tender grass, Flushes with joy as the swallows pass;

“Spring and the GREen of the

tender grass, Flushes with joy as the swallows pass;

tender grass, Flushes with joy as the swallows pass;

The wayfarers pause by the rippling stream

, And their eyes will new born gladness gleam;

With lingering gaze the roofs I see Of the

Palace that one time sheltered me.

But those whom I sheltered in all righteousness,

Let’s not stay in silence when the days pass useless?”[yip, yip, yip]

the messenger, sent by Dong Zhuo from time to

time to the palace for news of the prisoners,

got hold of this poem and showed it to his master.

“So he shows his resentment by writing poems, eh! A fair excuse to put them all out of the way,” said Dong Zhuo.

Li Ru was sent with ten men into the palace to consummate the deed. The three were in one of the upper rooms when Li Ru arrived. The Emperor shuddered when the maid announced the visitor’s name.

Presently Li Ru entered and offered a cup of poisoned wine to the Emperor. The Emperor asked what this meant.

“Spring is the season of blending and harmonious interchange, and the Prime Minister sends a wine cup of longevity,” said Li Ru.

“If it be the wine of longevity, you may share it too,” said Empress He.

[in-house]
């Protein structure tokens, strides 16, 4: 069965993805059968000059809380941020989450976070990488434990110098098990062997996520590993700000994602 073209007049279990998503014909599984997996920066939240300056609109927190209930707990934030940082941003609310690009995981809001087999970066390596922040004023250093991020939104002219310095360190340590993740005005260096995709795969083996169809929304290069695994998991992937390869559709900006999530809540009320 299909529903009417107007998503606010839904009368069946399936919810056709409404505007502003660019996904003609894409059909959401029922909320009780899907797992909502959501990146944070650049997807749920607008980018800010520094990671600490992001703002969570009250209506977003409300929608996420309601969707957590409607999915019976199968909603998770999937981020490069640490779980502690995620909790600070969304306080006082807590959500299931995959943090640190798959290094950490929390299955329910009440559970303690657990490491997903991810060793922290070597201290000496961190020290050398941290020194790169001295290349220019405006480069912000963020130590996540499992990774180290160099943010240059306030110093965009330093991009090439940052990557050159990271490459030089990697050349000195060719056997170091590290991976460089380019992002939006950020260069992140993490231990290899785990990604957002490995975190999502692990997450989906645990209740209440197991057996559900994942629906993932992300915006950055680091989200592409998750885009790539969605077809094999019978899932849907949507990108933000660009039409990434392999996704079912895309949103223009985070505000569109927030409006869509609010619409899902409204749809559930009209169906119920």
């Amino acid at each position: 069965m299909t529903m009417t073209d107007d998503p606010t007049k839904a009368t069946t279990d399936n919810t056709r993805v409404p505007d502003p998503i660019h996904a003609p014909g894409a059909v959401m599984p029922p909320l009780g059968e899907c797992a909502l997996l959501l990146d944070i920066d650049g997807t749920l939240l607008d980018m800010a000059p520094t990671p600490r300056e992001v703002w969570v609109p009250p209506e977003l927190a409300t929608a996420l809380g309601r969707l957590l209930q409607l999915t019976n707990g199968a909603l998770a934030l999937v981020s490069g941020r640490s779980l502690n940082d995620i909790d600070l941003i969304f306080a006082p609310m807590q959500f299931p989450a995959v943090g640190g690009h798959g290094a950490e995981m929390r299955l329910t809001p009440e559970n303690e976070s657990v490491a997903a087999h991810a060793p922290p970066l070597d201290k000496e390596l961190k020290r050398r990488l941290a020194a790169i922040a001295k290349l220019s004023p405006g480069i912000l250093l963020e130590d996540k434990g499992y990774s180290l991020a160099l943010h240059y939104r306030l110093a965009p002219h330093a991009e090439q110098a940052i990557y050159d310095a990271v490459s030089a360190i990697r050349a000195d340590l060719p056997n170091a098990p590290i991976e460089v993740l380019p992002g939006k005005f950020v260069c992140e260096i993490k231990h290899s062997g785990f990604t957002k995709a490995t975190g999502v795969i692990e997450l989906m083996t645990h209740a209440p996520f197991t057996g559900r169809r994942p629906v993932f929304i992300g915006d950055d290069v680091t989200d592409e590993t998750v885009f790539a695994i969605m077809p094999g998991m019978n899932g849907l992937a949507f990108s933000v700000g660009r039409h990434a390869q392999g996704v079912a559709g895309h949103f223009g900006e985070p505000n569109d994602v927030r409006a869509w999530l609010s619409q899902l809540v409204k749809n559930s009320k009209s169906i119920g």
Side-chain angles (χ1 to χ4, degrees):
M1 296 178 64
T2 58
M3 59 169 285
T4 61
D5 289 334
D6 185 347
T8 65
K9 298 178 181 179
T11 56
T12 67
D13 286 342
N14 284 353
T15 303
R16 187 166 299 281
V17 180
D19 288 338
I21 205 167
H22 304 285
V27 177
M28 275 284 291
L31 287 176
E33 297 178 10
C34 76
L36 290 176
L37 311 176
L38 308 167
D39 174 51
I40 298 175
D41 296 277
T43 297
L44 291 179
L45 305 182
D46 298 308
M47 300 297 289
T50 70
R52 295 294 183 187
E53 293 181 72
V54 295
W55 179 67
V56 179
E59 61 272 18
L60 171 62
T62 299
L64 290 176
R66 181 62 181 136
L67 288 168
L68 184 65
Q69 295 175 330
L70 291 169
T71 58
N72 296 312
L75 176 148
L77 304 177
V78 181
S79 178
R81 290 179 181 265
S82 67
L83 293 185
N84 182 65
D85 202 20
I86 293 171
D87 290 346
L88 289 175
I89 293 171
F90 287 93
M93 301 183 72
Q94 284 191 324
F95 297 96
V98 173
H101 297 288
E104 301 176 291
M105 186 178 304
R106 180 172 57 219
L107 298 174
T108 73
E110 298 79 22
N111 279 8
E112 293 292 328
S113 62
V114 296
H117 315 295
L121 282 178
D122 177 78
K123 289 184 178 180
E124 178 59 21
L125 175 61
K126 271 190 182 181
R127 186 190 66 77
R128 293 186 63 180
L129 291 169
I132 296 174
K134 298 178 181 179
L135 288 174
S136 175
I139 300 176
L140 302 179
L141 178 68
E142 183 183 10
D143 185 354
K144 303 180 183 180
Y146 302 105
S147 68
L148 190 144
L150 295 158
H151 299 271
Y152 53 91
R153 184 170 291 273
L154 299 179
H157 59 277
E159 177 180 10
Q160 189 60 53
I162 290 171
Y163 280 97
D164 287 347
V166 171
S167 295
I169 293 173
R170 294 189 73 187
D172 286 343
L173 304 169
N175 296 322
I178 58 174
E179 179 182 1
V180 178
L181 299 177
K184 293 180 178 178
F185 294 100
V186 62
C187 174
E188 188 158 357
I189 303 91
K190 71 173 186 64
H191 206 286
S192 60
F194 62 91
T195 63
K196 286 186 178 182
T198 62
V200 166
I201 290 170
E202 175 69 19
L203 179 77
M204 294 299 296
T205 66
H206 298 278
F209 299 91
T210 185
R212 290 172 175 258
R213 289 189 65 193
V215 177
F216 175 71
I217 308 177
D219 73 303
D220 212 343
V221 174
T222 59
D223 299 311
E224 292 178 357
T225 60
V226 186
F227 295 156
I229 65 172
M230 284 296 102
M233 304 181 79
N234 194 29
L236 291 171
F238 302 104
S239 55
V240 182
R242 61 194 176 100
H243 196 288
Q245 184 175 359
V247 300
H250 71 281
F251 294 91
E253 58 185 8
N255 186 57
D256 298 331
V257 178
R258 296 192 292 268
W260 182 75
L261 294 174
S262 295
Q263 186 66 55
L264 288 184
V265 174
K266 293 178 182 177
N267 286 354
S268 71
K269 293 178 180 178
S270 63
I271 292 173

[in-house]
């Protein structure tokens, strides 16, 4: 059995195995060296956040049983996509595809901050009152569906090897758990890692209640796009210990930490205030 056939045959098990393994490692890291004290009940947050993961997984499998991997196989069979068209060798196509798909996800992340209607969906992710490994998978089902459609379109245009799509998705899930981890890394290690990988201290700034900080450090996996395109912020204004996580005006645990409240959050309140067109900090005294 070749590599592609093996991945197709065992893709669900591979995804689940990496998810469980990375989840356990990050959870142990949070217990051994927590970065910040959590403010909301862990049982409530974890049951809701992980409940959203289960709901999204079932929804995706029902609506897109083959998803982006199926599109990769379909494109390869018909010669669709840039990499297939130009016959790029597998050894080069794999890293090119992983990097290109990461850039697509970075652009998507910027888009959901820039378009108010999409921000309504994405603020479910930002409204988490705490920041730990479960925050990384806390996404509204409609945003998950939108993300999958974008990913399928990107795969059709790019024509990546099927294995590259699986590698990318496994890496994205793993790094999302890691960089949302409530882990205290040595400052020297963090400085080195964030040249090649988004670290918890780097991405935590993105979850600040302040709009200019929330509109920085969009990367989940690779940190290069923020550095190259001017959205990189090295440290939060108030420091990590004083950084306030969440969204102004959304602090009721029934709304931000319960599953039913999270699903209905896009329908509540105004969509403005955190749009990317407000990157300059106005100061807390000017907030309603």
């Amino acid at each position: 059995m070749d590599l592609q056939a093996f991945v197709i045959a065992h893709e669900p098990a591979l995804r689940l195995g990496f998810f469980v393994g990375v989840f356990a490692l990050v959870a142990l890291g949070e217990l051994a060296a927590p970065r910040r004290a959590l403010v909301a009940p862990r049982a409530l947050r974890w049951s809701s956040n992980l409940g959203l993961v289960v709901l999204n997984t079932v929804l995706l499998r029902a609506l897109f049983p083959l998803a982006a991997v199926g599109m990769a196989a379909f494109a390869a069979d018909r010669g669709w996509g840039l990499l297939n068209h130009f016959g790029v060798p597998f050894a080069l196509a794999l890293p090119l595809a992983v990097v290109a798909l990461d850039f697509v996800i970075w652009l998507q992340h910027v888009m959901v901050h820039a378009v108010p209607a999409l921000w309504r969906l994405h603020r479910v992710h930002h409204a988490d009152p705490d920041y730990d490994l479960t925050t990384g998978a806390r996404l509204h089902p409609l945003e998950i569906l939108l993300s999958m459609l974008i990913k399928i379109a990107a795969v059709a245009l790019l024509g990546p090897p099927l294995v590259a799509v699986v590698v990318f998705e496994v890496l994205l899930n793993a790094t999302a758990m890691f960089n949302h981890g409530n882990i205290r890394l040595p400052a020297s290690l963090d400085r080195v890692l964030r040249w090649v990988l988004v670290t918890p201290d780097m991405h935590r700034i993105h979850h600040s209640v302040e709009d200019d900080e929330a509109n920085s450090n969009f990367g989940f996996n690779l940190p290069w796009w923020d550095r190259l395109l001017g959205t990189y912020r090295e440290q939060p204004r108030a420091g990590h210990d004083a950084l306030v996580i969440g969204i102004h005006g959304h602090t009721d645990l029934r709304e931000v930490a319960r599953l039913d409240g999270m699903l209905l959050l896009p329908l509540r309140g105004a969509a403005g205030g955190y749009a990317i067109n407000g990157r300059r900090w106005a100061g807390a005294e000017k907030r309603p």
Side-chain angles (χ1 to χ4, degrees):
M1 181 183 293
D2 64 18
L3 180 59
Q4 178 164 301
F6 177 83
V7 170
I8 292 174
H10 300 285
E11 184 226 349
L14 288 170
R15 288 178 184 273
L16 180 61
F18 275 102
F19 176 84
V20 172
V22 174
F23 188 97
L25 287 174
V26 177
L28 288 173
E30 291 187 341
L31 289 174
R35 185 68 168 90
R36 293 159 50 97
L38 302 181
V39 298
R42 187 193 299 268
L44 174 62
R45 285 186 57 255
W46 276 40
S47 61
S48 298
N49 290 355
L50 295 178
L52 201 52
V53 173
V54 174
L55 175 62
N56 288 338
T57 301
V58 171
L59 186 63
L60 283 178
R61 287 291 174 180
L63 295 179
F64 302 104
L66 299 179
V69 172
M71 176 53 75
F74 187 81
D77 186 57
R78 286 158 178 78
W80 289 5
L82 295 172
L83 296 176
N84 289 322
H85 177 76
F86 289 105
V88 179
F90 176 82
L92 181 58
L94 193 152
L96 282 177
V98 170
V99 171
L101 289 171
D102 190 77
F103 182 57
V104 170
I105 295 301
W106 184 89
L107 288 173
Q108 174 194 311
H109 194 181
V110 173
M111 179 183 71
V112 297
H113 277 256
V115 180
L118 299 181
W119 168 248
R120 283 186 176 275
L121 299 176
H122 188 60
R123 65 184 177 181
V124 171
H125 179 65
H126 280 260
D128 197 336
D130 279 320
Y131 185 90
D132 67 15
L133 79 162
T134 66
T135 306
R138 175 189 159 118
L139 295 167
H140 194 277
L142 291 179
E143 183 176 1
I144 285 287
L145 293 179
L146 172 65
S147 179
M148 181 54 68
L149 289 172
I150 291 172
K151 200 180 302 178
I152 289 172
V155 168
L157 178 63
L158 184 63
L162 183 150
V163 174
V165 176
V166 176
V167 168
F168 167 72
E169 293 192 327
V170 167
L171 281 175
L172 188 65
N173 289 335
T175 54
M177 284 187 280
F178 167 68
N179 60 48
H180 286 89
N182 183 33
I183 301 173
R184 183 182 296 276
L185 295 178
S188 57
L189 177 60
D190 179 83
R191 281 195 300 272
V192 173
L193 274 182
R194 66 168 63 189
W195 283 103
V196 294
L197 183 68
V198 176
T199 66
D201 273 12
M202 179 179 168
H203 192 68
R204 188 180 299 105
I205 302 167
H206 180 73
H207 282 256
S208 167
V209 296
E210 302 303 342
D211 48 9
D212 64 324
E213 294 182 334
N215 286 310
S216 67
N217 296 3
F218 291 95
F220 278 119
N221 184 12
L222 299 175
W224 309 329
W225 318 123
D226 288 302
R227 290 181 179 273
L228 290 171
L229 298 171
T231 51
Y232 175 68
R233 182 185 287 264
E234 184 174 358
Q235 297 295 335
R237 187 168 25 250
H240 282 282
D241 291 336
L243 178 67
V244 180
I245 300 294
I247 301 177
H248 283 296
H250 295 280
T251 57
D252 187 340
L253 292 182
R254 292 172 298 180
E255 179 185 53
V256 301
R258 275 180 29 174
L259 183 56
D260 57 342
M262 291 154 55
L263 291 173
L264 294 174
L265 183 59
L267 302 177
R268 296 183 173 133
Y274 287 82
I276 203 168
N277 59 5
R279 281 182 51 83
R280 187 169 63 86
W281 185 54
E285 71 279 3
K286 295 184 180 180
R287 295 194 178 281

then Li Ru became brutally frank.

  “You will not drink?” asked he.

  He called the men with daggers and cords and bade the Emperor look at them.

  “the cup, or these?” said he.

  then said Lady Tang, “Let the handmaid drink in place of her lord. Spare the mother and her son, I pray!”

“And who may you be to die for a prince?” said Li Ru.

then he presented the cup to the

Empress once more and bade her drink.

 She railed against her brother, the feckless He Jin,

the author of all this trouble. She would not drink.

Next Li Ru approached the Emperor.

dzhmhs.com

Fear seized them in its grip and they were silent, all but Yuan

Fear seized them in its grip and they were silent, all but Yuan Shao who said,

“The Emperor was innocent of any fault,

and to set him aside in favor of a commoner was rebellion and nothing else!”

“the empire is in my hands!” cried Dong Zhuo.

“When I choose to do this thing, who will dare to say nay?

Think you my sword lacks an edge?”

  “If your sword is sharp, mine is never blunt!”

said Yuan Shao as his sword FLASHed out of the sheath.

  the two men stood face to face amid the feasters.

Dong Zhuo was on the point of slaying Yuan Shao, but Li Ru checked him, saying, “You must not kill rashly while the business hangs in the balance.”

Yuan Shao, his sword still unsheathed, left the assembly. He hung up the seals of his office at the east gate and went to Jizhou Region.

Dong Zhuo said to Imperial Guardian Yuan Wei, “Your nephew behaved improperly, but I pardon him for your sake. What think you of my scheme?”

“What you think is right,” was the reply.